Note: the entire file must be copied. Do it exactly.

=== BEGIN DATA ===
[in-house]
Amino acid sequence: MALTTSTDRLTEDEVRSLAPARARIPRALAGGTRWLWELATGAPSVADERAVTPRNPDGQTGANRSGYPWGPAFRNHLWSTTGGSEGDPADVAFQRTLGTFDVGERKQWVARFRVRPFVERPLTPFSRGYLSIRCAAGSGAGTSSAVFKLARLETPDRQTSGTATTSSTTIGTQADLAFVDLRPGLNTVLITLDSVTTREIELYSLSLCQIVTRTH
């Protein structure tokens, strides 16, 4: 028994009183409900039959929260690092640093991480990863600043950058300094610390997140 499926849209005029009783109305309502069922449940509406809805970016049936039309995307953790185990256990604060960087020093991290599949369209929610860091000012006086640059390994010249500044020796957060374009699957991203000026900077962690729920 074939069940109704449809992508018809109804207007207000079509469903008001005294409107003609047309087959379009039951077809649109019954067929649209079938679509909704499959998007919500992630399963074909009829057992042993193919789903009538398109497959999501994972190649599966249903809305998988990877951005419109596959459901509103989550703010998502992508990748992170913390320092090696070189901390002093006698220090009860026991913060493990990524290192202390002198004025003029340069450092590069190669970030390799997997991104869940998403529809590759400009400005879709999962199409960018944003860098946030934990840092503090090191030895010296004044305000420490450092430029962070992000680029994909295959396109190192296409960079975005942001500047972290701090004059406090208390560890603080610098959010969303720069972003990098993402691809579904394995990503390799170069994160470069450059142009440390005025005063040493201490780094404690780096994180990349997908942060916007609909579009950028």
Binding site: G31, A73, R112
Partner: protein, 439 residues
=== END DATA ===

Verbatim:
[in-house]
Amino acid sequence: MALTTSTDRLTEDEVRSLAPARARIPRALAGGTRWLWELATGAPSVADERAVTPRNPDGQTGANRSGYPWGPAFRNHLWSTTGGSEGDPADVAFQRTLGTFDVGERKQWVARFRVRPFVERPLTPFSRGYLSIRCAAGSGAGTSSAVFKLARLETPDRQTSGTATTSSTTIGTQADLAFVDLRPGLNTVLITLDSVTTREIELYSLSLCQIVTRTH
């Protein structure tokens, strides 16, 4: 028994009183409900039959929260690092640093991480990863600043950058300094610390997140 499926849209005029009783109305309502069922449940509406809805970016049936039309995307953790185990256990604060960087020093991290599949369209929610860091000012006086640059390994010249500044020796957060374009699957991203000026900077962690729920 074939069940109704449809992508018809109804207007207000079509469903008001005294409107003609047309087959379009039951077809649109019954067929649209079938679509909704499959998007919500992630399963074909009829057992042993193919789903009538398109497959999501994972190649599966249903809305998988990877951005419109596959459901509103989550703010998502992508990748992170913390320092090696070189901390002093006698220090009860026991913060493990990524290192202390002198004025003029340069450092590069190669970030390799997997991104869940998403529809590759400009400005879709999962199409960018944003860098946030934990840092503090090191030895010296004044305000420490450092430029962070992000680029994909295959396109190192296409960079975005942001500047972290701090004059406090208390560890603080610098959010969303720069972003990098993402691809579904394995990503390799170069994160470069450059142009440390005025005063040493201490780094404690780096994180990349997908942060916007609909579009950028």
Binding site: G31, A73, R112
Partner: protein, 439 residues